It is a plain fact that the darwinist mechanism is one where chance variation [CV] is held to account by various means for new varieties that then face differential reproductive success in ecological niches [DRS], yielding incremental descent with modification [IDWM] held to account for the claimed branching tree pattern of evolution [BTE]:

    CV + DRS –> IDWM –> BTE

    1 –> the source of change in genetic info and regulatory (or epigenetic info) relevant to such variations, is plainly the chance variations, it is the only thing that is adding.

    2 –> In fact, what we have is that less favoured varieties [Darwin’s sub title for Origin used “favoured races”] are subtracted and replaced by the more favoured.

    3 –> Accordingly, I think I should modify the expression in interests of accuracy, to subtract sup-pops that undergo elimination by relative “reproductive failure” leading to elimination [EBRF]:

    CV – EBRF –> IDWM –> BTE

    4 –> This highlights how, it is held that incrementally, CV is held to be the source of novel bio-functional info that rewrites genes, gene regulation and gene expression in cell based life forms all the way from the last universal common ancestor to the world of life in the fossil record and around us today.

    5 –> There are many problems with this picture.

    6 –> For instance, the increment cannot exceed 500 bits of info, on the reasons of search space challenge as already described [and in fact there is evidence on forming new proteins from old by mutations that something like 7 co-ordinatedly functioning mutations is a reasonable upper limit . . . ].

    7 –> Where also, major novel body plan features, on examination of genome sizes and on plausible estimation alike, credibly require 10 – 100+ mn bits worth of new bio-information. Body plans require new cell types, tissues and organisation, which has to be based on information and manifests in new proteins etc.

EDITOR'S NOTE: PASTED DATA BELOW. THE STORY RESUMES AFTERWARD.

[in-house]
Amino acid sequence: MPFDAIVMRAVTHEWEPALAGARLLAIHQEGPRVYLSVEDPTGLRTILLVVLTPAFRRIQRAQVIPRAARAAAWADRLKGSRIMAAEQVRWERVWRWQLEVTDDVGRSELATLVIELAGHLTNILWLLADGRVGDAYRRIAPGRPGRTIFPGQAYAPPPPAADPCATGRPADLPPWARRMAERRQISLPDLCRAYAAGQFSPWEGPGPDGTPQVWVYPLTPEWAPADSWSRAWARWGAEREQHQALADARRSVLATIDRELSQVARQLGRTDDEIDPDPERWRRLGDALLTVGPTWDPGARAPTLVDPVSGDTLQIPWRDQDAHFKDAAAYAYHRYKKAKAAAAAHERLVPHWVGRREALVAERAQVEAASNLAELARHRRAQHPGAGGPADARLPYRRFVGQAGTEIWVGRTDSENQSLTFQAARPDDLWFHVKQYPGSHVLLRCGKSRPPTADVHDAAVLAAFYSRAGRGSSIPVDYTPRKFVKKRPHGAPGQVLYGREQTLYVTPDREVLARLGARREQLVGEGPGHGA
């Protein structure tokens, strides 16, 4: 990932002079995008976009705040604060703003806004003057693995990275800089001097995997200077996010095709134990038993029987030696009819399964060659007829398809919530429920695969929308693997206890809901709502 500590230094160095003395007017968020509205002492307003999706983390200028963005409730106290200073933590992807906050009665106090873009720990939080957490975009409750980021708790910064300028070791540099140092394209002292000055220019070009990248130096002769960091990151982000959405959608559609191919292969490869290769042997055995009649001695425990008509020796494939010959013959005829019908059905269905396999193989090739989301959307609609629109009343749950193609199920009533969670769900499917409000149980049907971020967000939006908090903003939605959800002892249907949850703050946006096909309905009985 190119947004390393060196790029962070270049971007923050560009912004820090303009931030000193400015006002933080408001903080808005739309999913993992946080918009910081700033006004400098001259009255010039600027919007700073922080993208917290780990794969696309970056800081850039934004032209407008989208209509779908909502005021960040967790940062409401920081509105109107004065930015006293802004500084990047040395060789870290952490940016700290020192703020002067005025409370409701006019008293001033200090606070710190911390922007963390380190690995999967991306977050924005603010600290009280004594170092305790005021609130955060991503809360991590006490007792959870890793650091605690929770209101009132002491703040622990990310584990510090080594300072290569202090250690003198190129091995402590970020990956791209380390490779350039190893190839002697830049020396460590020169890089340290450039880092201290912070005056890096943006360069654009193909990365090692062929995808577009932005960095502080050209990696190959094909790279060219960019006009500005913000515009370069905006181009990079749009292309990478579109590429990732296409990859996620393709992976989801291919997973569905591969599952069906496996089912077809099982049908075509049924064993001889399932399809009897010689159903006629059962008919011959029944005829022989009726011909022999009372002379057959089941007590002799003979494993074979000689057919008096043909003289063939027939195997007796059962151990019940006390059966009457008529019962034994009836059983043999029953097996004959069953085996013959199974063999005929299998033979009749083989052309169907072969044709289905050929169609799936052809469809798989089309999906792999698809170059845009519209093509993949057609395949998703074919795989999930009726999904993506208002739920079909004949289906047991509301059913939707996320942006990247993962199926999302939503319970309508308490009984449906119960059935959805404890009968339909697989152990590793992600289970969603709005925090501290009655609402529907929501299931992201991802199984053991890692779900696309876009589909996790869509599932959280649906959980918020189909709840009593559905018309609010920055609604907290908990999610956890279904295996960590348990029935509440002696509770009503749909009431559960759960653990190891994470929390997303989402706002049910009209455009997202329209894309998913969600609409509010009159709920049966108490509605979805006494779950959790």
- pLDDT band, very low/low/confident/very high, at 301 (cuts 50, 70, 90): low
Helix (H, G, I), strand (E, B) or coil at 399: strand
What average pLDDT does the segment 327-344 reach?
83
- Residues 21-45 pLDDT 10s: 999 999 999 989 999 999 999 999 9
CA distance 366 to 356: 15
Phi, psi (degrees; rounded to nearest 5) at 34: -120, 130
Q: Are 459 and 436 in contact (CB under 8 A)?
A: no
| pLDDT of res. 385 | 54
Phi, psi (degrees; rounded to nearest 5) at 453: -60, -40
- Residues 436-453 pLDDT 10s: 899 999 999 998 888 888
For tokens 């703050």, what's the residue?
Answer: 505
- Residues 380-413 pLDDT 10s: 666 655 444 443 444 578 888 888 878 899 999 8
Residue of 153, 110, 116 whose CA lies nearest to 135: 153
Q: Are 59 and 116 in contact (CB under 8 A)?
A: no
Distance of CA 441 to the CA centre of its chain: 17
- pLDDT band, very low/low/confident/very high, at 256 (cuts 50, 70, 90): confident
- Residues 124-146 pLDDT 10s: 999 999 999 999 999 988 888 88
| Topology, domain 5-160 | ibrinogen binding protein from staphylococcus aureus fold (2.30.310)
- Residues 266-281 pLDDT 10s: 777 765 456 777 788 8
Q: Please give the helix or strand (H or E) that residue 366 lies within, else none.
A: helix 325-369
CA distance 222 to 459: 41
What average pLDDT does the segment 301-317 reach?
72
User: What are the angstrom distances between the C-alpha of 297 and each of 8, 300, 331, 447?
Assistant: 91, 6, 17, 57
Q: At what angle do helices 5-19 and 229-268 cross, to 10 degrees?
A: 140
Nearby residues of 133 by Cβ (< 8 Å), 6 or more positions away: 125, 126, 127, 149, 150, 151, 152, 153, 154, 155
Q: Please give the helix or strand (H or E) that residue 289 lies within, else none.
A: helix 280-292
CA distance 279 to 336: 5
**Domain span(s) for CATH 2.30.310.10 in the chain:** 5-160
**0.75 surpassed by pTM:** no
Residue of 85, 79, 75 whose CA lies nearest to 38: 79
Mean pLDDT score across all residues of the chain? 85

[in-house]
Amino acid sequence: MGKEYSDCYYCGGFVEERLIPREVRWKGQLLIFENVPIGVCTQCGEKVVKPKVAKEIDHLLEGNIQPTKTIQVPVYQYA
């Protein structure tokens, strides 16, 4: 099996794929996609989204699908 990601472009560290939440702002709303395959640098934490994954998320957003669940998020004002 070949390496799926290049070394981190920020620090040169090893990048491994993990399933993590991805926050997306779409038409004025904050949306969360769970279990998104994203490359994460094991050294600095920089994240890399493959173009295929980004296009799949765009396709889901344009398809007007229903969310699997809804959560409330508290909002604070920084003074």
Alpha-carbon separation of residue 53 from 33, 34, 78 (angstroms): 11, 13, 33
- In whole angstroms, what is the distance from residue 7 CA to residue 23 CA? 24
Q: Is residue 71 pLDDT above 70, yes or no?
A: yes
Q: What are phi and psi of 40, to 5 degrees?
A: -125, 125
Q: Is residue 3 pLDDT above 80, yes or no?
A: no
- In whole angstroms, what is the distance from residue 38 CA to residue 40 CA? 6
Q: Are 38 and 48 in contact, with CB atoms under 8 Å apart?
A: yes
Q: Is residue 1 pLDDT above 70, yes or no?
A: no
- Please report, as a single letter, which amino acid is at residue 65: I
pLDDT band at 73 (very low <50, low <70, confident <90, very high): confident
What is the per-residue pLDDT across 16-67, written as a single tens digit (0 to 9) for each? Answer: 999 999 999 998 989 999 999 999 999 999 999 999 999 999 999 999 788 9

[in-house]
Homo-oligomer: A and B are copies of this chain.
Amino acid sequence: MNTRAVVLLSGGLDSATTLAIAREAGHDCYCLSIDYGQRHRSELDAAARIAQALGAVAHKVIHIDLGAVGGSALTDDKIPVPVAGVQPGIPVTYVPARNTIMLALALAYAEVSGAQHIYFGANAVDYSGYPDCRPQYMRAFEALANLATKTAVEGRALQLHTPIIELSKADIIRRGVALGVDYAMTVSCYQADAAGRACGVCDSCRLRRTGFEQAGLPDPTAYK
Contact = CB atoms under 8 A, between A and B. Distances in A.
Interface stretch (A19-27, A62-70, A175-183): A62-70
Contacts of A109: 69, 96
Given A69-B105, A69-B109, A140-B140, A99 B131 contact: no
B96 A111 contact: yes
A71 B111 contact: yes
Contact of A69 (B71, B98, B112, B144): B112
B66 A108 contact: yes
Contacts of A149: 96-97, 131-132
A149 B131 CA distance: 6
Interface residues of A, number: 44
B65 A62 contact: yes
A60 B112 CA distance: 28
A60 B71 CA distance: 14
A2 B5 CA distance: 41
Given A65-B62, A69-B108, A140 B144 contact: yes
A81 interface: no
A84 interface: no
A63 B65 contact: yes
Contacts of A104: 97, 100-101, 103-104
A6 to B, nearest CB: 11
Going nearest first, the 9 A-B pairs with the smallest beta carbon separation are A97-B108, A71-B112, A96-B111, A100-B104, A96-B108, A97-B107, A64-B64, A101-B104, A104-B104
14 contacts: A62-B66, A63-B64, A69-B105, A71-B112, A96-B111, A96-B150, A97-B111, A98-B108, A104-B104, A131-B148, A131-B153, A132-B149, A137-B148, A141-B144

8 –> I also note how ever so many proteins exist as singletons or the like in terms of fold domains in protein sequence space, and how fold domains seem to come in islands of function generally, that cannot plausibly be traversed in credible steps of change in credible populations with credible mutation rates.

    9 –> In short, the chance based driver of the claimed evolutionary process simply does not credibly have the requited capability.

    10 –> By contrast, there is a well known source of functionally specific complex organisation and/or associated information [FSCO/I] that comes in islands in vast config spaces. Namely, design.

    11 –> On the evidence in front of us for some 60 years now on the FSCO/I rich basis for life forms, and on the only known and plausible source of FSCO/I, we are entitled to infer that the world of life is chock full of strong signs of design.

    12 –> Where also, it needs to be underscored: the only two empirically warranted causal factors behind highly contingent outcomes, are chance based and design based.

    13 –> Of these, once we pass the FSCO/I threshold, chance is reasonably eliminated as not being powerful enough.

    14 –> Where also, attempts to blend chance with necessity, as we have seen, boil down to ending up obscuring the driving force of the claimed chance process: chance variation. The vaunted “natural selection” part ends up being simply a description of how some varieties lose out, it subtracts info it does not add it.

    15 –> We need to focus on what ADDS info, or is at least held to add info.

    16 –> And that leaves chance variation on the darwinist table.

    17 –> Which, for cause as shown, just is not powerful enough to account for what we have to account for. Not, once we pass the FSCO/I threshold of 500 – 1,000 bits. (And, recall, new major body plan features credibly require 10 – 100+ mn bits of incremental info.)

    KF

  63. 63

    Sal:

    It could be that Barry agrees, but the long winded response that was so carefully constructed looked like a substantive rebuttal, and it was a rebuttal to a claim that Barry didn’t even make in the first place.

    Mine was a rebuttal of a specific claim: That “chance explanation” as used (loosely) by Thist exemplifies an instance of “chance explanation” as discussed more generally on this and previous threads – chance as an explanation of phenomena themselves.